Intellectual property could be a crucial business tool, although not everyone thinks hard enough about protecting their big ideas. In 2001, plumber Brad McCarthy got stuck over a remote beach in Cape York in north Queensland and spent about six hours getting his car out with a hand winch. He knew there has to be an improved way. In reaction, he invented Maxtrax, a lightweight vehicle-recovery device for bogged off-roaders.
After designing the super-tough nylon product, he attended a Queensland Government business seminar, where advisers stressed getting patent protection before his idea was publicised. “One of the primary things we did was speak to a patent attorney to find out how we could protect the idea,” says McCarthy, who launched Maxtrax in 2005. It is now available in about 30 countries worldwide. McCarthy has patents in key markets such as Australia, Europe and also the US, and the business also offers a trademark on the distinctive original “safety orange” hue it uses for its moulded product. Unlike McCarthy, however, many inventors and businesses with a good idea cruel their likelihood of success from the first day.
Their big mistake? Ignoring patents or any other Patent Invention before they spruik their idea to investors, the public or perhaps friends. It may be a costly error. Bradley Postma, principal at patent and trademark attorney firm Cullens, says small, and medium enterprises (SMEs), in particular, often neglect safeguarding their IP or think it will probably be expensive. “The majority of protectable IP goes unprotected,” he says.
Europe could be a particular trap for exporters because, unlike some other major markets, it lacks a grace period making it possible for public disclosure of the invention without affecting the validity of a subsequent patent application. That opens just how for an idea or product to become copied. “In Australia and the usa that can be done something about this, provided you’re within a one-year window – in Europe you can’t, it’s too late,” Postma says. “In that case, businesses have shot themselves within the foot; they’ve forfeited their rights and anyone can copy [their idea].” Postma observes that company owners often think their idea is just too easy to warrant a patent. “However, if it’s successful and straightforward, it will probably be copied and you need to get advice.”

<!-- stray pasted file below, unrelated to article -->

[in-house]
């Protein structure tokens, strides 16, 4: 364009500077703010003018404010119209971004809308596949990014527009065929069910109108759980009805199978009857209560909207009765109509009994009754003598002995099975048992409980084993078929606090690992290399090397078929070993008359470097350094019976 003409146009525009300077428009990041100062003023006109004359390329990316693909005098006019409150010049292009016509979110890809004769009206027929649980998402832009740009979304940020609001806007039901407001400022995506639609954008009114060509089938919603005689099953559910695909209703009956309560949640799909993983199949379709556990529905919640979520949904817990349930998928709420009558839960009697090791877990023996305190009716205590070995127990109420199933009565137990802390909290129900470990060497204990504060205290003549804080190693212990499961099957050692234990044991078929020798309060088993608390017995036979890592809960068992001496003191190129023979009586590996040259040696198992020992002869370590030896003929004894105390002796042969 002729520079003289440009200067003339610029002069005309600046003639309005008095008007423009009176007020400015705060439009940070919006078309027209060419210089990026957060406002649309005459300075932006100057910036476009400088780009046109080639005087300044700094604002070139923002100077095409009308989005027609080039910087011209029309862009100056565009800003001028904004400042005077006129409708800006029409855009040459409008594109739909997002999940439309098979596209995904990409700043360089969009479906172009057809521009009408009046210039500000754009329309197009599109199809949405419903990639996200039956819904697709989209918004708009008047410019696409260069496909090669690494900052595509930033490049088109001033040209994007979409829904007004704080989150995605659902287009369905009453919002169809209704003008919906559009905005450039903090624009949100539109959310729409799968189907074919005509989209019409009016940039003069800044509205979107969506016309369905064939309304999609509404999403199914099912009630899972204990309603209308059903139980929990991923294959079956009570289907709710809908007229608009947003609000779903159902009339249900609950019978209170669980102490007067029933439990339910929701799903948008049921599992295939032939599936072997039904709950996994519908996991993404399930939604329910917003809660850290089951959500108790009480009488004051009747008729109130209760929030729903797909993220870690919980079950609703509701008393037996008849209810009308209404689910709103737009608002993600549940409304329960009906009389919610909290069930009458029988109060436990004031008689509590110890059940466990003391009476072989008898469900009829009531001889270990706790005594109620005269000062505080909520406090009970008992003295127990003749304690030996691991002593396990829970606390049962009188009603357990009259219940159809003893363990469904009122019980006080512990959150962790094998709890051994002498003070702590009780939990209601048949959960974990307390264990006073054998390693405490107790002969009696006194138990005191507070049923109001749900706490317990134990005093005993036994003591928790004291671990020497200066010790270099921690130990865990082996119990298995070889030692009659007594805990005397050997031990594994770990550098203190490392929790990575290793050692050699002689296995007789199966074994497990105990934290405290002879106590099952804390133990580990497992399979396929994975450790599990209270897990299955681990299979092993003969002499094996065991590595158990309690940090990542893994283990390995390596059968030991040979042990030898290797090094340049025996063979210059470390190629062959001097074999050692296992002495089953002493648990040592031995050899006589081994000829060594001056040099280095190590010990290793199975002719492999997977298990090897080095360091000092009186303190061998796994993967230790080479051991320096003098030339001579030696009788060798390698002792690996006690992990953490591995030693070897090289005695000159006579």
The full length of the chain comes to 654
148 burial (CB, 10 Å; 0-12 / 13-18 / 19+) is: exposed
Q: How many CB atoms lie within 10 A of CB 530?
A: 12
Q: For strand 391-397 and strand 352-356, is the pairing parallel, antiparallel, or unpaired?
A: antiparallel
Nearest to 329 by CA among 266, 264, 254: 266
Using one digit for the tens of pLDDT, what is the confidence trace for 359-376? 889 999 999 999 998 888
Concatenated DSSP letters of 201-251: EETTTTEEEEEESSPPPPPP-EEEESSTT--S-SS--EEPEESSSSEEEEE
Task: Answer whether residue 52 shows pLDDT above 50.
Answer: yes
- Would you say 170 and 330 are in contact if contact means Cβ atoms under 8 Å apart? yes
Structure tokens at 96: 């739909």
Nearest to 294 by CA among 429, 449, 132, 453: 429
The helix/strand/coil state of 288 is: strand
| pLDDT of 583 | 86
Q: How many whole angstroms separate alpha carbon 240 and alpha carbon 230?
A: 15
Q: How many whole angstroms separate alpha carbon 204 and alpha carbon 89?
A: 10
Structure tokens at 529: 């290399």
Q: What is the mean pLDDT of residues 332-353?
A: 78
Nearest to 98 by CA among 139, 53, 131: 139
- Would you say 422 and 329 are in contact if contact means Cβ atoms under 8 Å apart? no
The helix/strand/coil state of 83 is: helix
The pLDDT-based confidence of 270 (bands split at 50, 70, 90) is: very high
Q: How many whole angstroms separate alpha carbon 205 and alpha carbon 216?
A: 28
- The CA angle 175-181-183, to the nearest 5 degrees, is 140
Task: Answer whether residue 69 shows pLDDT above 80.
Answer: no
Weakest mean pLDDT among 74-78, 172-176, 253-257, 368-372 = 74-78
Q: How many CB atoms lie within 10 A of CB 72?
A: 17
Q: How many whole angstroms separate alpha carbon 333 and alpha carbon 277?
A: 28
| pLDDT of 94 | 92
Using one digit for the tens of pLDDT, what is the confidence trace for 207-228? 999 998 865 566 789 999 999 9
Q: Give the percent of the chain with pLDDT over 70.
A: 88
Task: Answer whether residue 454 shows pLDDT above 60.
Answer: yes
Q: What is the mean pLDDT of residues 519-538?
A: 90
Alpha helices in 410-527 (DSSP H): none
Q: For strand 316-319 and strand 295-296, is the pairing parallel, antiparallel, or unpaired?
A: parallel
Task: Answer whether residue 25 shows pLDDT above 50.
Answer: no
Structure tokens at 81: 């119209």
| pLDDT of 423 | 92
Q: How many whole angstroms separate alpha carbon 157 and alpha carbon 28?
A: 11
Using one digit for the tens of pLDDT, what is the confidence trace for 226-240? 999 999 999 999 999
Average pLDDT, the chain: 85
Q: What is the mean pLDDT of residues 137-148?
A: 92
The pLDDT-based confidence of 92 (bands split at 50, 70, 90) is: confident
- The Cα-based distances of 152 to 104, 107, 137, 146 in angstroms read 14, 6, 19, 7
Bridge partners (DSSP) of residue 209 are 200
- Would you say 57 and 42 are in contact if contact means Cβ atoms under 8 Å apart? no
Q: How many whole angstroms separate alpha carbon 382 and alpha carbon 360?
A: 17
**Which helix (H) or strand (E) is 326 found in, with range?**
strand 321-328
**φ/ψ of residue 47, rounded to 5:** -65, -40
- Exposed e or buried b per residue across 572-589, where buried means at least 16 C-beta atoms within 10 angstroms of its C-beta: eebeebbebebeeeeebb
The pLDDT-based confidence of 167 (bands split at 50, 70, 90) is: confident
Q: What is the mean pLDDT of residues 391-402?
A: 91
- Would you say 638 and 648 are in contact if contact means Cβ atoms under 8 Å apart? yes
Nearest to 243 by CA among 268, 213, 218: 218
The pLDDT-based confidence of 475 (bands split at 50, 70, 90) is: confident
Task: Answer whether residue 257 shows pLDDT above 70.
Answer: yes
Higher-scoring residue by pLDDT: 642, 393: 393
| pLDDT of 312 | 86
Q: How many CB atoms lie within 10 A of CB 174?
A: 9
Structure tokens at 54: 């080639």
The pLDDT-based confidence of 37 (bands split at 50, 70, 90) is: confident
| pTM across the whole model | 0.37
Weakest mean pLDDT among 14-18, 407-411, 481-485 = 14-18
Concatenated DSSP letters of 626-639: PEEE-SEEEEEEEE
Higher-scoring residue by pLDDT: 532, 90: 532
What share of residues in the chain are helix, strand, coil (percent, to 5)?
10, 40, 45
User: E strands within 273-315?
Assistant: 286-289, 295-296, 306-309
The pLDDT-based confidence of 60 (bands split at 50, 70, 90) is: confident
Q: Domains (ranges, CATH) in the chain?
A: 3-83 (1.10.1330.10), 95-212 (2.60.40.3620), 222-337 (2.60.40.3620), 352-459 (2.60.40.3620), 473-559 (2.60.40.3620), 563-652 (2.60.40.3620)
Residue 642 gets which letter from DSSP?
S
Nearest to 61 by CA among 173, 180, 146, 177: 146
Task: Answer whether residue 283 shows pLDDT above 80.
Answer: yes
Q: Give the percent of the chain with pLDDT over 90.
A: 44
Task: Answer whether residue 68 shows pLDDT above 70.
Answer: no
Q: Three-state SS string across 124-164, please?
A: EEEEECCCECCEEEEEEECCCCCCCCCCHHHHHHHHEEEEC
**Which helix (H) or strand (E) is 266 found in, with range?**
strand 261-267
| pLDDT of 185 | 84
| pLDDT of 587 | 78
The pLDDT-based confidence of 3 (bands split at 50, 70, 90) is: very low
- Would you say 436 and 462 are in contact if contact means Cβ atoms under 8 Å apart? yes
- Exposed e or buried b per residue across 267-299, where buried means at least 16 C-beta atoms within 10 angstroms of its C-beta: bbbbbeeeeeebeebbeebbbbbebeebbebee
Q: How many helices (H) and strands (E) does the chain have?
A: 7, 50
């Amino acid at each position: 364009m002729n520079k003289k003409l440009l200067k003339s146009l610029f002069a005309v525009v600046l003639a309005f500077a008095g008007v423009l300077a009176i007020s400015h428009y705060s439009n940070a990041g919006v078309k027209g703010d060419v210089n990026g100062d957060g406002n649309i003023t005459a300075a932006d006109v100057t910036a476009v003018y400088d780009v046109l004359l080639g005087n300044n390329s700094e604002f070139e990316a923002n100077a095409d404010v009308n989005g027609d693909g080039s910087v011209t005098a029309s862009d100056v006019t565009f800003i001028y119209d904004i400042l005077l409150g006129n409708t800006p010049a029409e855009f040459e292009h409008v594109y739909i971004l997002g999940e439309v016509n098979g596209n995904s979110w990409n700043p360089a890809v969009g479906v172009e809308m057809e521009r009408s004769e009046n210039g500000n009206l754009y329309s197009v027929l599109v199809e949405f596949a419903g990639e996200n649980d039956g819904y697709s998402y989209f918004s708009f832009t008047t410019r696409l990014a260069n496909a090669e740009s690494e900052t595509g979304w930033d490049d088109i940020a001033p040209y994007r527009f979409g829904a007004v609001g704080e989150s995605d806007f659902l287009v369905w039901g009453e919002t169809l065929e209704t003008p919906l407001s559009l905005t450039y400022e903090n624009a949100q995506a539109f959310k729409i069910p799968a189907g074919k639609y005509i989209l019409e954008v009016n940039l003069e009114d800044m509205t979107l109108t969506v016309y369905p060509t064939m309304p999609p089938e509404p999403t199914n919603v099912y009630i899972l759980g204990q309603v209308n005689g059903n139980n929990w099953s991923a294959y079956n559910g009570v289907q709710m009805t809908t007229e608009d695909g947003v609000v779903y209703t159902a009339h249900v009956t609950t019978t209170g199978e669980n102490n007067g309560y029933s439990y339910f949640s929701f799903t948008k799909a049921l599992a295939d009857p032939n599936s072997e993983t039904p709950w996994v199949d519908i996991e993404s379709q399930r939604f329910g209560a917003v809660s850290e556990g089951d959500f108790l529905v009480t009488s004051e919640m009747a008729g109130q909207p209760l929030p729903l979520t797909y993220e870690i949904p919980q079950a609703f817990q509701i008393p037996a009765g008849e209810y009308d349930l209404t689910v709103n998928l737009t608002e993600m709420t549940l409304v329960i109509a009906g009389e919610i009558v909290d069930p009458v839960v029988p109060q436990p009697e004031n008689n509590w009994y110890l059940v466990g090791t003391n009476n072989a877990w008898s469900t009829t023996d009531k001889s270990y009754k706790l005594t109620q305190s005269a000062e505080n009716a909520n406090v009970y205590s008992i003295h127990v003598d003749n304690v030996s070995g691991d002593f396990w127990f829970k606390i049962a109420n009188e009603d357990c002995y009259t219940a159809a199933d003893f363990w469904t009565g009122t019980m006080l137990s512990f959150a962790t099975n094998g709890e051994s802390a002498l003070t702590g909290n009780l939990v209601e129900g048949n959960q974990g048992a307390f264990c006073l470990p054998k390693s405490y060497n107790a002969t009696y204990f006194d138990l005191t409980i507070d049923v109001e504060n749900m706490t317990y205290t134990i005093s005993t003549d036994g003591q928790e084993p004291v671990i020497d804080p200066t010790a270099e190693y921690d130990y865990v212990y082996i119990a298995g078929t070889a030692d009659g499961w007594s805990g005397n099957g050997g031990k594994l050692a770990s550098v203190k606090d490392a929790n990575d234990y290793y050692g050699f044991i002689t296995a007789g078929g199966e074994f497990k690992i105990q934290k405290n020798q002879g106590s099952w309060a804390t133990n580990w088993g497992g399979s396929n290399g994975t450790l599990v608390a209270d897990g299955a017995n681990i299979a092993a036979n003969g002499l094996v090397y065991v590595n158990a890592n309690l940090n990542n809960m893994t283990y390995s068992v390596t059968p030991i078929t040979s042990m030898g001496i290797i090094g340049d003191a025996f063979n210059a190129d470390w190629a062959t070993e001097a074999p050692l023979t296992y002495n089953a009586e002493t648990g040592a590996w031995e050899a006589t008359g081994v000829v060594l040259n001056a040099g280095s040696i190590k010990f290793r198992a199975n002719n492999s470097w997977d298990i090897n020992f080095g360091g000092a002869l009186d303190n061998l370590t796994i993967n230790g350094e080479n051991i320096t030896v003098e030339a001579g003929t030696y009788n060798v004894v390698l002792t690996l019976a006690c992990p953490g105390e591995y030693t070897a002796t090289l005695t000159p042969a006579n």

Unitary patents on way – Margot Fröhlinger is principal director of unitary patent, European and international legal affairs on the Munich-based European Patent Office (EPO), which oversees about 160,000 patent applications per year. She recently completed a road trip warning Australian businesses that poor patent and IP safeguards could derail their European market opportunities. Companies must innovate – and protect their inventions. “You have to have the protection of your IP and, particularly, patent protection to get an excellent return on the investment,” she says.
Many international businesses have baulked at exporting to Europe as a result of complex patent processes across multiple jurisdictions that will result in potentially high costs and marginal protection. However, the EPO is promoting a new unitary patent system that promises as a game changer. This makes it possible to get protection in up to 26 participating European Union member states with the submission of a single request for the EPO.
A November 2017 EPO study, Patents, Trade and FDI in the European Union, suggests better harmonisation of Europe’s patent system has the potential to increase trade and foreign direct investment in high-tech sectors, delivering annual gains of €14.6 billion ($A22.8 billion) in trade and €1.8 billion (A$2.81 billion) in foreign direct investment.
Fröhlinger believes Australian businesses across all sectors have chances to expand into the European market, which boasts a lot more than 500 million people, high gross domestic product and strong consumer demand. “It’s essential for Australian businesses to understand that there is a big change ahead in Europe. I’m not talking no more than Mom Inventors,” Fröhlinger says. “It’s essential to have an integrated IP portfolio considering patents and trademarks and (covering) design. When they don’t have (IP) folks-house they need to make an effort to get strategic business advice.”
The need for intangible assets – This call to action for Australian businesses may come as the international Innovation Index 2017 reports on countries’ IP receipts as a percentage of total trade. Essentially, the measure indicates the way a country has been doing on the IP front. While Australia scores well in terms of inputs into research and development, the usa (5.1 per cent), Japan (4.7 per cent) and Finland (2.9 %) easily outperform Australia (.3 %) on IP royalties.
The content? As a general rule, Australian companies are certainly not proficient at converting research into value and treat IP almost as an administrative function. The exceptions are health tech leaders, such as medical device company Cochlear and sleep-disorder business ResMed, which understand the value of intangible assets such as brand name and data use, and build their businesses around it.
In a knowledge-based economy, IP has developed into a crucial business tool and governing it is not just a matter of organising trademarks and patents. Intangible assets are rapidly becoming more important than kxwlfd assets and require appropriate consideration.
A review of Australia’s top listed companies, released by I Have An Idea For An Invention in September 2017, endorses such a sentiment. It reveals that 38 per cent from the companies’ value (in regards to a$550 billion) is not really included on the balance sheets; this means that that investors are operating without insights right into a significant proportion of the corporate asset base.